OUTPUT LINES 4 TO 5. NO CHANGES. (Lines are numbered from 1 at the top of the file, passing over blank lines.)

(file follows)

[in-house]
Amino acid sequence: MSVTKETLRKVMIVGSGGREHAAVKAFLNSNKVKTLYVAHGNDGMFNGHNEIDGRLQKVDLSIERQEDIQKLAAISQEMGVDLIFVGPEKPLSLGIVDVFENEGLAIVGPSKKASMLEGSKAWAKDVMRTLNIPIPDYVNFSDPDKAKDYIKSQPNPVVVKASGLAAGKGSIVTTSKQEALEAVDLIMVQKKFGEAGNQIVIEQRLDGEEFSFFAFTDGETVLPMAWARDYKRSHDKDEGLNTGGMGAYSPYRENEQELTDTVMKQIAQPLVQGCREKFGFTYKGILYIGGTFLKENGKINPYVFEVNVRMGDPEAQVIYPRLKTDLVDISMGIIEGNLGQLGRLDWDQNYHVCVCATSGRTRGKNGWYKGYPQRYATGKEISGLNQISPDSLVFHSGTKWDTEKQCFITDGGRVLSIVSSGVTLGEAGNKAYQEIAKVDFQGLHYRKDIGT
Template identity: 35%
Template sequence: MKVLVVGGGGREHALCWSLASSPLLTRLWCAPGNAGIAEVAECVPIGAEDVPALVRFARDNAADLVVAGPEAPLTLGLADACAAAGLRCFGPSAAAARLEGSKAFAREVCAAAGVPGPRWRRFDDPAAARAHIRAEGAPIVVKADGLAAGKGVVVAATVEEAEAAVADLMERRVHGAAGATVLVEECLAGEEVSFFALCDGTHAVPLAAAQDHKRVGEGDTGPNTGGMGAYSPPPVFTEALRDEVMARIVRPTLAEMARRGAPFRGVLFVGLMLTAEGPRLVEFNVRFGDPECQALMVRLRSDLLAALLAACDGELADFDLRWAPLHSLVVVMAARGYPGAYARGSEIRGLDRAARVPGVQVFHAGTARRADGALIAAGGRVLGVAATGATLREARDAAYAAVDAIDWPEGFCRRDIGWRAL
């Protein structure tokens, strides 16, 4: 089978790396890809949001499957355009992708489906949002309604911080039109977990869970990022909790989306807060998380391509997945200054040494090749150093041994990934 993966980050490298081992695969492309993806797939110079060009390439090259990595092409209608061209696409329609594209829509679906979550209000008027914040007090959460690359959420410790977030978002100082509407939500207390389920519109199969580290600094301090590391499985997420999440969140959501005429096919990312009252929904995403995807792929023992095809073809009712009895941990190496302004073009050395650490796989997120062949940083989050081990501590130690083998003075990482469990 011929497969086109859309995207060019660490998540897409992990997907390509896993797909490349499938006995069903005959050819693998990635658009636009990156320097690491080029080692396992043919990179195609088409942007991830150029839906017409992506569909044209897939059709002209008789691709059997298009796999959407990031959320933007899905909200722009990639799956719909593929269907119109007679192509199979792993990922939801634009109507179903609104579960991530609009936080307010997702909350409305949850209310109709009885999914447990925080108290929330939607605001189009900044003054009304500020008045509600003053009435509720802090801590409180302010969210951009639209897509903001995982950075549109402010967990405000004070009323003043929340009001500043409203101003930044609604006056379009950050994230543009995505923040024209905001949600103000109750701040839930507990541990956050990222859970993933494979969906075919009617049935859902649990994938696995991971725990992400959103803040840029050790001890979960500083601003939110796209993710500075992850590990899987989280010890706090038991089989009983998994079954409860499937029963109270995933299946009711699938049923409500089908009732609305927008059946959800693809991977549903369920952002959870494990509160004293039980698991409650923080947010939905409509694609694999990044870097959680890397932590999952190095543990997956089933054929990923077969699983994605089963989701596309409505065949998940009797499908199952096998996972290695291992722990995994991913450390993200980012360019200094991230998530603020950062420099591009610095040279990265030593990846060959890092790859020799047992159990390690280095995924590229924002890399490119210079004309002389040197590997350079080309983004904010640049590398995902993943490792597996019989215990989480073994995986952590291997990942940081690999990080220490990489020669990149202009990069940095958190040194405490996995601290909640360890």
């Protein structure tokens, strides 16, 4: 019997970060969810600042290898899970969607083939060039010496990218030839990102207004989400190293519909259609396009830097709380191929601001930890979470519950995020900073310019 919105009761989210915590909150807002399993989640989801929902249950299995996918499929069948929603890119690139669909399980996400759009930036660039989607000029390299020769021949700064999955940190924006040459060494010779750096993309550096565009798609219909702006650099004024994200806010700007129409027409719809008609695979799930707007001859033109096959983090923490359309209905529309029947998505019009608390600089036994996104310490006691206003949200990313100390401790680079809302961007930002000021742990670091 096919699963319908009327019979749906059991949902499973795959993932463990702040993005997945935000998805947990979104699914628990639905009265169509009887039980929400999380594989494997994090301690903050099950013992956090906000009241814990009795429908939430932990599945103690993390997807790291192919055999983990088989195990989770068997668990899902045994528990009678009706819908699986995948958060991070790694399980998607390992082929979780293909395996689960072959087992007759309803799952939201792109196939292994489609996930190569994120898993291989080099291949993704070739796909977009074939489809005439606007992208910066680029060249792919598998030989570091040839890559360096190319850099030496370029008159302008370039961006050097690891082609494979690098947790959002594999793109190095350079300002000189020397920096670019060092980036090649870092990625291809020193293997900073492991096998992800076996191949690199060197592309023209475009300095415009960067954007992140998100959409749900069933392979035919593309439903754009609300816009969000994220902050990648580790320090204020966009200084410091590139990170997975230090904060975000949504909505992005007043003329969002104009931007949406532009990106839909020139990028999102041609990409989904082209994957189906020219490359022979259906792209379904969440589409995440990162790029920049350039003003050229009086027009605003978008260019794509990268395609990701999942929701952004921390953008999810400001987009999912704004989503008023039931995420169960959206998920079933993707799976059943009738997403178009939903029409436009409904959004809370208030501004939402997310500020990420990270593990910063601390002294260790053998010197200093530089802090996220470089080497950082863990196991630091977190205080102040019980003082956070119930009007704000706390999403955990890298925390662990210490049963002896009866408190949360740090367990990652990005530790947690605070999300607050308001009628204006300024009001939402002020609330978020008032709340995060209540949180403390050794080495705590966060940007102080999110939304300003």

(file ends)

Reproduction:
Template sequence: MKVLVVGGGGREHALCWSLASSPLLTRLWCAPGNAGIAEVAECVPIGAEDVPALVRFARDNAADLVVAGPEAPLTLGLADACAAAGLRCFGPSAAAARLEGSKAFAREVCAAAGVPGPRWRRFDDPAAARAHIRAEGAPIVVKADGLAAGKGVVVAATVEEAEAAVADLMERRVHGAAGATVLVEECLAGEEVSFFALCDGTHAVPLAAAQDHKRVGEGDTGPNTGGMGAYSPPPVFTEALRDEVMARIVRPTLAEMARRGAPFRGVLFVGLMLTAEGPRLVEFNVRFGDPECQALMVRLRSDLLAALLAACDGELADFDLRWAPLHSLVVVMAARGYPGAYARGSEIRGLDRAARVPGVQVFHAGTARRADGALIAAGGRVLGVAATGATLREARDAAYAAVDAIDWPEGFCRRDIGWRAL
């Protein structure tokens, strides 16, 4: 089978790396890809949001499957355009992708489906949002309604911080039109977990869970990022909790989306807060998380391509997945200054040494090749150093041994990934 993966980050490298081992695969492309993806797939110079060009390439090259990595092409209608061209696409329609594209829509679906979550209000008027914040007090959460690359959420410790977030978002100082509407939500207390389920519109199969580290600094301090590391499985997420999440969140959501005429096919990312009252929904995403995807792929023992095809073809009712009895941990190496302004073009050395650490796989997120062949940083989050081990501590130690083998003075990482469990 011929497969086109859309995207060019660490998540897409992990997907390509896993797909490349499938006995069903005959050819693998990635658009636009990156320097690491080029080692396992043919990179195609088409942007991830150029839906017409992506569909044209897939059709002209008789691709059997298009796999959407990031959320933007899905909200722009990639799956719909593929269907119109007679192509199979792993990922939801634009109507179903609104579960991530609009936080307010997702909350409305949850209310109709009885999914447990925080108290929330939607605001189009900044003054009304500020008045509600003053009435509720802090801590409180302010969210951009639209897509903001995982950075549109402010967990405000004070009323003043929340009001500043409203101003930044609604006056379009950050994230543009995505923040024209905001949600103000109750701040839930507990541990956050990222859970993933494979969906075919009617049935859902649990994938696995991971725990992400959103803040840029050790001890979960500083601003939110796209993710500075992850590990899987989280010890706090038991089989009983998994079954409860499937029963109270995933299946009711699938049923409500089908009732609305927008059946959800693809991977549903369920952002959870494990509160004293039980698991409650923080947010939905409509694609694999990044870097959680890397932590999952190095543990997956089933054929990923077969699983994605089963989701596309409505065949998940009797499908199952096998996972290695291992722990995994991913450390993200980012360019200094991230998530603020950062420099591009610095040279990265030593990846060959890092790859020799047992159990390690280095995924590229924002890399490119210079004309002389040197590997350079080309983004904010640049590398995902993943490792597996019989215990989480073994995986952590291997990942940081690999990080220490990489020669990149202009990069940095958190040194405490996995601290909640360890």